If you thought that Europe’s glories all reside in its cities, think again. Some of the most soul-stirring spots in the UK, Ireland, Italy, France, and the other countries of Europe are rural and not only that, wonderfully serene. Which makes them perfect places to head to when you and your honey want to have a vacation that’s both wonderfully relaxing and often intellectually stimulating.

Cotswolds, England

Strolling through Storybook England

This is quintessential rural and village England. It is totally charming—but you could have a lot of company, particularly in summer and early fall. For romance, that makes a shoulder-season visit a great idea. High season is July through August. Aim for spring or late fall to avoid having your sentimental journey to the Cotswolds run over by tour buses.

One of the best ways to see the adorable villages, quaint inns, and gentle landscape is on foot. Numerous tour operators can take you on short or long hikes to famous towns as well as tiny villages off the tourist path. Walk the Landscape (www.walkthelandscape.co.uk) and Compass Holidays (www.compass-holidays.com) organize guided and self-guided hikes in the Cotswolds.

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Medium 9781628871920

7 THE ISLANDS: CAPRI, ISCHIA & PROCIDA

Stephen Brewer FrommerMedia ePub

7

The islands: Capri, Ischia & Procida

Just about the only thing these three islands floating in the Bay of Naples have in common is their proximity to one another. While travelers might rightfully lump the three together as idyllic Mediterranean getaways lapped by warm turquoise waters, each has a character so much its own that it can be hard to believe how easy it is to float from one to the other. It’s hard to try to sum up these fabled islands in a few words, but Capri has long been a glamorous getaway, still as popular with tabloid celebrities and day-trader zillionaires as it was with Roman emperors and 1950s movie stars. Ischia is all about laid-back relaxation, on long beaches, in hot springs, and in the pools of dozens of quirkily charming thermal bathing establishments. Procida is just plain pretty, so picturesque that it’s hard to remember the real world is just a short hop away.

It’s easy to reach any one of the islands on a day trip, but here’s some advice you’d be wise to listen to: Don’t. You will want to spend some time on any of them. Do so and each will soon become your own. On Capri, the sound of birdsong in the morning and the cliff-side views of the Faraglioni, the three rock formations rising out of the sea, are pleasures that far outweigh the island’s sophistication and really can make you think you’re in heaven. On Ischia, sitting back in one of the island’s hundreds of thermal pools, many of them surrounded by umbrella pines and luxuriant foliage, might easily make you into a sybarite. On Procida, leave time to lounge on one of the spectacular lava beaches and wander through the labyrinth of lanes that spread across the tiny island.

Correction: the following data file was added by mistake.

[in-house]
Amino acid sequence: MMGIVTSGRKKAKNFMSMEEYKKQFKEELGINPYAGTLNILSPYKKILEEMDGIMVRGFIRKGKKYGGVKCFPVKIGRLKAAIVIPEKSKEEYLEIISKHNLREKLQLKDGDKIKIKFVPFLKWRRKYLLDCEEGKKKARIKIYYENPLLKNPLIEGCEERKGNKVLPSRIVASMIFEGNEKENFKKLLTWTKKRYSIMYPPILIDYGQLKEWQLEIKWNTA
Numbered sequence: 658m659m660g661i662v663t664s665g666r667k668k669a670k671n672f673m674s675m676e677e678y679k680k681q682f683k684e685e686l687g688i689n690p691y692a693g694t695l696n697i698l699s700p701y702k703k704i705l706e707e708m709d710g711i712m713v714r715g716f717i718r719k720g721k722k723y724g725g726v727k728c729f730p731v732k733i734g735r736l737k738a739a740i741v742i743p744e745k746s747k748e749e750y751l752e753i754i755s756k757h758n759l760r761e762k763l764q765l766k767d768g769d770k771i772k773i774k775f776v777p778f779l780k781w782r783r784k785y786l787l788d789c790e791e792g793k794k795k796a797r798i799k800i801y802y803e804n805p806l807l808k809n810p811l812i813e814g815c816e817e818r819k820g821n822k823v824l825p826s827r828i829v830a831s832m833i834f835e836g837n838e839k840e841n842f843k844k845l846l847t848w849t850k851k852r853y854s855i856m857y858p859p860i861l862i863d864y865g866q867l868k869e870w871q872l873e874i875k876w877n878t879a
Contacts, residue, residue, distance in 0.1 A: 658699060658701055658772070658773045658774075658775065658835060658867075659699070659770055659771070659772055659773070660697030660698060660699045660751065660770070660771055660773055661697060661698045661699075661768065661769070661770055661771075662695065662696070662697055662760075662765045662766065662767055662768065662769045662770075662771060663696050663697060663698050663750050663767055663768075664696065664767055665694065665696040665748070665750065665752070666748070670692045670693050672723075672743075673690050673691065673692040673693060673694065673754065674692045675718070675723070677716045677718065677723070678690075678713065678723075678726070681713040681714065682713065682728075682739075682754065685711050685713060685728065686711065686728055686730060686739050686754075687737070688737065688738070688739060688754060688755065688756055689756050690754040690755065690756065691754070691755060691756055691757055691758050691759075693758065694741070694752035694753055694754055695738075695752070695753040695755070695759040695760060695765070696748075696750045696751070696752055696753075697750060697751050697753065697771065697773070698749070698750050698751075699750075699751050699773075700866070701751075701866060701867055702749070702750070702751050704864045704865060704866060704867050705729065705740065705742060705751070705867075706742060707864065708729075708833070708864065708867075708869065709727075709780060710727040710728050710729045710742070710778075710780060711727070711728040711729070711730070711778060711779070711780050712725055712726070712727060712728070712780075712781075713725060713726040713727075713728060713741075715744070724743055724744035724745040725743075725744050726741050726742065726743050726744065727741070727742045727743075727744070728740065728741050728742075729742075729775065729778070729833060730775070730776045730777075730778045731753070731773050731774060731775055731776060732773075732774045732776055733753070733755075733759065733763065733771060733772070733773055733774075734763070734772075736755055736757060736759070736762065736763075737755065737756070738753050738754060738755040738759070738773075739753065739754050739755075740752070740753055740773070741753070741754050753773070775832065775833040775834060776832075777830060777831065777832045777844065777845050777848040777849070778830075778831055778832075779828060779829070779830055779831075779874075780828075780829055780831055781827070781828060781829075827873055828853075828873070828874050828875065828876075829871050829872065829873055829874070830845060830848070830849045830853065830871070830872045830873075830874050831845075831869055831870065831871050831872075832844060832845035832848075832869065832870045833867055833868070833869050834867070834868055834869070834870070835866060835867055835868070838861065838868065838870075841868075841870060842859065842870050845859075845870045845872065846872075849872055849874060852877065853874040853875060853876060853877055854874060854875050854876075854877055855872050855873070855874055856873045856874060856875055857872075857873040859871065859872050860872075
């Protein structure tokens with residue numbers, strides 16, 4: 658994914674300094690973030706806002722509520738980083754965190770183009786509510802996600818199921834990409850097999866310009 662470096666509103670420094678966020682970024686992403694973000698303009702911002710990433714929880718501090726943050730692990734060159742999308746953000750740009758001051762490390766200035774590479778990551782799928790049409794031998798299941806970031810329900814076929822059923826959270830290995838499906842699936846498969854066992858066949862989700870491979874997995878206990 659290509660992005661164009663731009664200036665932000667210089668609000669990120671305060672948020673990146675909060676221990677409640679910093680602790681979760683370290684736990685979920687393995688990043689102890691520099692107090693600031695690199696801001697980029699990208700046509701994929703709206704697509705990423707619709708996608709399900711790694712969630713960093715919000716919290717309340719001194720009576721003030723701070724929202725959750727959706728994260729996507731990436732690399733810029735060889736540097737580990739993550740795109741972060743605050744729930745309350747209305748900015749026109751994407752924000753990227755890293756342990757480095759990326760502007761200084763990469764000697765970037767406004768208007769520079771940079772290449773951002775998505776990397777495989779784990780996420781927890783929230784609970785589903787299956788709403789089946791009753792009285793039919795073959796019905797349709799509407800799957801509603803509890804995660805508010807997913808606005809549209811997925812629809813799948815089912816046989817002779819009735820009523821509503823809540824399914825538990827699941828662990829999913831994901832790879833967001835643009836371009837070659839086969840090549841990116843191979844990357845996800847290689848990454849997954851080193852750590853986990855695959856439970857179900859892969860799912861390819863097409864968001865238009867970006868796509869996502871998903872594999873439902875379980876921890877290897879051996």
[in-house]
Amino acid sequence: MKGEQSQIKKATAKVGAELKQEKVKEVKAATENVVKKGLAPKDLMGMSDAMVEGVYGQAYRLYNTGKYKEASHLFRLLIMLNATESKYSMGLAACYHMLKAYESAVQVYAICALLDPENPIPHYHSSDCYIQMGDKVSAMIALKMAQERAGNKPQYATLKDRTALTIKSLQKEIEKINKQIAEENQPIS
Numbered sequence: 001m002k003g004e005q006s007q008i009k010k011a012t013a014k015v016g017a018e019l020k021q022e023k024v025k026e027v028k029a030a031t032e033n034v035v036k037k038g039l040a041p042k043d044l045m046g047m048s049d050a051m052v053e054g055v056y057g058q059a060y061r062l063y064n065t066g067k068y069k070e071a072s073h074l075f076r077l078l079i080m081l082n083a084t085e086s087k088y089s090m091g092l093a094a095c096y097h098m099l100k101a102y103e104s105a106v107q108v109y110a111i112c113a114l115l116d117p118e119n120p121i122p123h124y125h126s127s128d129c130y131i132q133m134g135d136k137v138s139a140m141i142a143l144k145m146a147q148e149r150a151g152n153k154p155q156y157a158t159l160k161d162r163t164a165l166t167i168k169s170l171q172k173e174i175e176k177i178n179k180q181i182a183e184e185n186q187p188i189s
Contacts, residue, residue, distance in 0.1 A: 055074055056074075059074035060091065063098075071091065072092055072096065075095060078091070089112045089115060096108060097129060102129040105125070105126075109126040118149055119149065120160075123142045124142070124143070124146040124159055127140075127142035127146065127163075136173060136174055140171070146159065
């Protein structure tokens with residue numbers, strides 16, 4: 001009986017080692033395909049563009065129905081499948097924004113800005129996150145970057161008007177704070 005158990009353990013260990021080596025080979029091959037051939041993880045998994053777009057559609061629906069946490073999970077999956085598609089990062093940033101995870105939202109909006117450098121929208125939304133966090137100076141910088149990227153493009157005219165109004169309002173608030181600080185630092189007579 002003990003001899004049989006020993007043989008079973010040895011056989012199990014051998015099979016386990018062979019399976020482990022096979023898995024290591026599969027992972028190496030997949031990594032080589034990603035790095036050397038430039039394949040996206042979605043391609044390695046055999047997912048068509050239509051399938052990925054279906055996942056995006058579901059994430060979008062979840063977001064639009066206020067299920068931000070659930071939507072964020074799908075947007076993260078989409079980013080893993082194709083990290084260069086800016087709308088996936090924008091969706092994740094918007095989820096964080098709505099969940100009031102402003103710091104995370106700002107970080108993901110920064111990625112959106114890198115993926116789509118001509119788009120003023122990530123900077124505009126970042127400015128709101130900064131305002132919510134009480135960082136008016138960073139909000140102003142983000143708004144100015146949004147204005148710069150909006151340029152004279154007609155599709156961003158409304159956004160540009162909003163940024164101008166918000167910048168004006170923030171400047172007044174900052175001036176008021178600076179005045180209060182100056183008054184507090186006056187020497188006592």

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Medium 9781786393265

10: The Social Self on Pilgrimage: Intercession and Mediation

McIntosh, I.S.; Harman, L.D. CABI PDF

10 

The Social Self on Pilgrimage:

Intercession and Mediation

Steven Muir*

Concordia University of Edmonton, Canada

Introduction

Scholars of pilgrimage often define the practice according to personal aspects. This chapter examines a less discussed aspect of pilgrimage: its interpersonal side. An example is when someone undertakes a pilgrimage on behalf of another person, and receives a benefit for that person. This sort of pilgrimage suggests an important issue: persons do not exist in isolation or act only for personal gain. The life of the individual is woven into the fabric of their family, friends and community. People are in social networks, they may be familiar with mediators and go-betweens interacting on their behalf and thus one person’s intervention benefits others. I use ancient Greece and

Rome as a case study of this issue. In that setting, we see highly developed cases of social networks and social identity in pilgrimage to healing sites.

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Medium 9781628871760